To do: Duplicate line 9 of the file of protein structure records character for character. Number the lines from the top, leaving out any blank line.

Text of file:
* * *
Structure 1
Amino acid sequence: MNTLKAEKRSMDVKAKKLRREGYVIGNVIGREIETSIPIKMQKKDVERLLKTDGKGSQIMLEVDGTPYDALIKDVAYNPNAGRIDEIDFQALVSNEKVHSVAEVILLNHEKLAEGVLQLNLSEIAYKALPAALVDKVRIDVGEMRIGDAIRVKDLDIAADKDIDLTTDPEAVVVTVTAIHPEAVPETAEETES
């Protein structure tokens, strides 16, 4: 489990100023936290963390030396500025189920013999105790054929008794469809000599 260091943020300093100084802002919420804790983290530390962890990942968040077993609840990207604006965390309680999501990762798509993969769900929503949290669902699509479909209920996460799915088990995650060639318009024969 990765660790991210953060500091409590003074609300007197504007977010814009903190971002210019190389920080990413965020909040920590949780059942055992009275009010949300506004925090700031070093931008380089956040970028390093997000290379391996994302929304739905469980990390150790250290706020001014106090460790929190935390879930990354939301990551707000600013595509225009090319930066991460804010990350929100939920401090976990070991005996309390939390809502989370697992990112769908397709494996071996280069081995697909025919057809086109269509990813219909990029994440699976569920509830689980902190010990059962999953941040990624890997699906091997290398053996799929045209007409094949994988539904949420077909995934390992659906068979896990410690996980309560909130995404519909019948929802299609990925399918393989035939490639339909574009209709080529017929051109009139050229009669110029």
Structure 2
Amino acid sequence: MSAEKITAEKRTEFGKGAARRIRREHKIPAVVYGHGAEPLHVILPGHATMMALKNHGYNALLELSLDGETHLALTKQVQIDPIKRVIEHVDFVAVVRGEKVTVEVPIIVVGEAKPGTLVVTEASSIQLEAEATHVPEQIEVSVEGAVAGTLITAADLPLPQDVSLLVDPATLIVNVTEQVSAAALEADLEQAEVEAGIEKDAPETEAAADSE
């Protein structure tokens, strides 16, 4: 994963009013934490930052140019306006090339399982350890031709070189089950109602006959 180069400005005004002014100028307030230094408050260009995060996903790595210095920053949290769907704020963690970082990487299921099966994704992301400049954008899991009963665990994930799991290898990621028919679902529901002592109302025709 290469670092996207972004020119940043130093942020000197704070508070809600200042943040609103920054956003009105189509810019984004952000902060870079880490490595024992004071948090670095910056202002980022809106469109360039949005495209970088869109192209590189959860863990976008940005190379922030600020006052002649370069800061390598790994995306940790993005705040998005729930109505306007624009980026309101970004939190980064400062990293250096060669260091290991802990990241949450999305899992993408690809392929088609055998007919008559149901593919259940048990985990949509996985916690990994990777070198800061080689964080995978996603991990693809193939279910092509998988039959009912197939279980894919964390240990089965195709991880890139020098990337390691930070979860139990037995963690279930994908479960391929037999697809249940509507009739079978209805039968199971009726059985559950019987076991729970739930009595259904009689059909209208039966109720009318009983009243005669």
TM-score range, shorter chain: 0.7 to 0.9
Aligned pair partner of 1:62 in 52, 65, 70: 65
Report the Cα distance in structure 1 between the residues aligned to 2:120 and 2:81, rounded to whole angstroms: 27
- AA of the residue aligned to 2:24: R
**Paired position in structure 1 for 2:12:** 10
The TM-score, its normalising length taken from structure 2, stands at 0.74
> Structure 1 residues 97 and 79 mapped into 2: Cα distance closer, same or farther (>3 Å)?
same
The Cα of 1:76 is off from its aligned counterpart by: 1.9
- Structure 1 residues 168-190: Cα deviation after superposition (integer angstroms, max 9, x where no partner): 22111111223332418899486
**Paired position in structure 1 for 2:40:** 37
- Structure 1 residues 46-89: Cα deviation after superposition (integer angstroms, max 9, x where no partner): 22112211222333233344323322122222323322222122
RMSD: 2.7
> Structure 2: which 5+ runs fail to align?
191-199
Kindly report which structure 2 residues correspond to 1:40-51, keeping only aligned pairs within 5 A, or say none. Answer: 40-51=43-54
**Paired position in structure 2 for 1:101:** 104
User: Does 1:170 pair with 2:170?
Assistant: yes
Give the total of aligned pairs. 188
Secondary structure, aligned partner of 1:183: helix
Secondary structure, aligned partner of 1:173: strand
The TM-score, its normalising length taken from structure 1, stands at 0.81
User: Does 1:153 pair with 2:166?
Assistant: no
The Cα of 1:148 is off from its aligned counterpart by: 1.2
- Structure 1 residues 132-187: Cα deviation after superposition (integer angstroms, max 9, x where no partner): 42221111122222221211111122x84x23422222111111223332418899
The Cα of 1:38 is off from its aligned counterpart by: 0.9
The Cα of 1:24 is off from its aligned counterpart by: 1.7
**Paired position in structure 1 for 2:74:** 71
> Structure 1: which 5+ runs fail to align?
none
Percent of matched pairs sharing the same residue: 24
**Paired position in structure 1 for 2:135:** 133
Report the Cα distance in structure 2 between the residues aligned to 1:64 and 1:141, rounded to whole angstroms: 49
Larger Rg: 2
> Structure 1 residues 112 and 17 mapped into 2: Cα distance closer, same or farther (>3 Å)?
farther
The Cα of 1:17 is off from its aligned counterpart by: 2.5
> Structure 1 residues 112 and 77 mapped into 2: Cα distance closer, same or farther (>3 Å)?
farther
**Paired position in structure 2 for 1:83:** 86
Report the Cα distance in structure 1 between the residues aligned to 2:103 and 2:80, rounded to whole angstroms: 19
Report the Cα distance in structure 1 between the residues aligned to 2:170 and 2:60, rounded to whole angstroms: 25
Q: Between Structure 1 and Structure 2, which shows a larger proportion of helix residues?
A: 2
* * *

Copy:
Report the Cα distance in structure 1 between the residues aligned to 2:120 and 2:81, rounded to whole angstroms: 27